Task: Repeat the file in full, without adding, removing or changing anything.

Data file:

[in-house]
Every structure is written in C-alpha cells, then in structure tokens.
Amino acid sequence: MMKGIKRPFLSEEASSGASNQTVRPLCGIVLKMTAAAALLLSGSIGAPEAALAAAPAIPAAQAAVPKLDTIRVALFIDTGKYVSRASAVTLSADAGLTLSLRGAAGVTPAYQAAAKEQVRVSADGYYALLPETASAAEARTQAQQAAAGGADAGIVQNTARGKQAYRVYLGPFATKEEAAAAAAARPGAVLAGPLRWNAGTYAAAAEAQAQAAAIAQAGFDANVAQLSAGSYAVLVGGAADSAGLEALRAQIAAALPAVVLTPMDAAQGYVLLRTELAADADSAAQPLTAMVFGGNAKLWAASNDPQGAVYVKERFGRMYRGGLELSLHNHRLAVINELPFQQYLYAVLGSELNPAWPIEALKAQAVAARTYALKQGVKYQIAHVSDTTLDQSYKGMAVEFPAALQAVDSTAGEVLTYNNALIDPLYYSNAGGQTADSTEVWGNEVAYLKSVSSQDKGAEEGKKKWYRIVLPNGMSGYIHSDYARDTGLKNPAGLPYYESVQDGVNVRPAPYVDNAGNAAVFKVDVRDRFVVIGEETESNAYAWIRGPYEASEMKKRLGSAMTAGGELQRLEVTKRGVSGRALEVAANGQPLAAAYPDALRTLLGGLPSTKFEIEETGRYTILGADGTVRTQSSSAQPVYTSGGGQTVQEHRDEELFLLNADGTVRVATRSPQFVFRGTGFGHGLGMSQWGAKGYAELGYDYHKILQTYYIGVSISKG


[in-house]
Every structure is written in C-alpha cells, then in structure tokens.
Amino acid sequence: MMKGIKRPFLSEEASSGASNQTVRPLCGIVLKMTAAAALLLSGSIGAPEAALAAAPAIPAAQAAVPKLDTIRVALFIDTGKYVSRASAVTLSADAGLTLSLRGAAGVTPAYQAAAKEQVRVSADGYYALLPETASAAEARTQAQQAAAGGADAGIVQNTARGKQAYRVYLGPFATKEEAAAAAAARPGAVLAGPLRWNAGTYAAAAEAQAQAAAIAQAGFDANVAQLSAGSYAVLVGGAADSAGLEALRAQIAAALPAVVLTPMDAAQGYVLLRTELAADADSAAQPLTAMVFGGNAKLWAASNDPQGAVYVKERFGRMYRGGLELSLHNHRLAVINELPFQQYLYAVLGSELNPAWPIEALKAQAVAARTYALKQGVKYQIAHVSDTTLDQSYKGMAVEFPAALQAVDSTAGEVLTYNNALIDPLYYSNAGGQTADSTEVWGNEVAYLKSVSSQDKGAEEGKKKWYRIVLPNGMSGYIHSDYARDTGLKNPAGLPYYESVQDGVNVRPAPYVDNAGNAAVFKVDVRDRFVVIGEETESNAYAWIRGPYEASEMKKRLGSAMTAGGELQRLEVTKRGVSGRALEVAANGQPLAAAYPDALRTLLGGLPSTKFEIEETGRYTILGADGTVRTQSSSAQPVYTSGGGQTVQEHRDEELFLLNADGTVRVATRSPQFVFRGTGFGHGLGMSQWGAKGYAELGYDYHKILQTYYIGVSISKG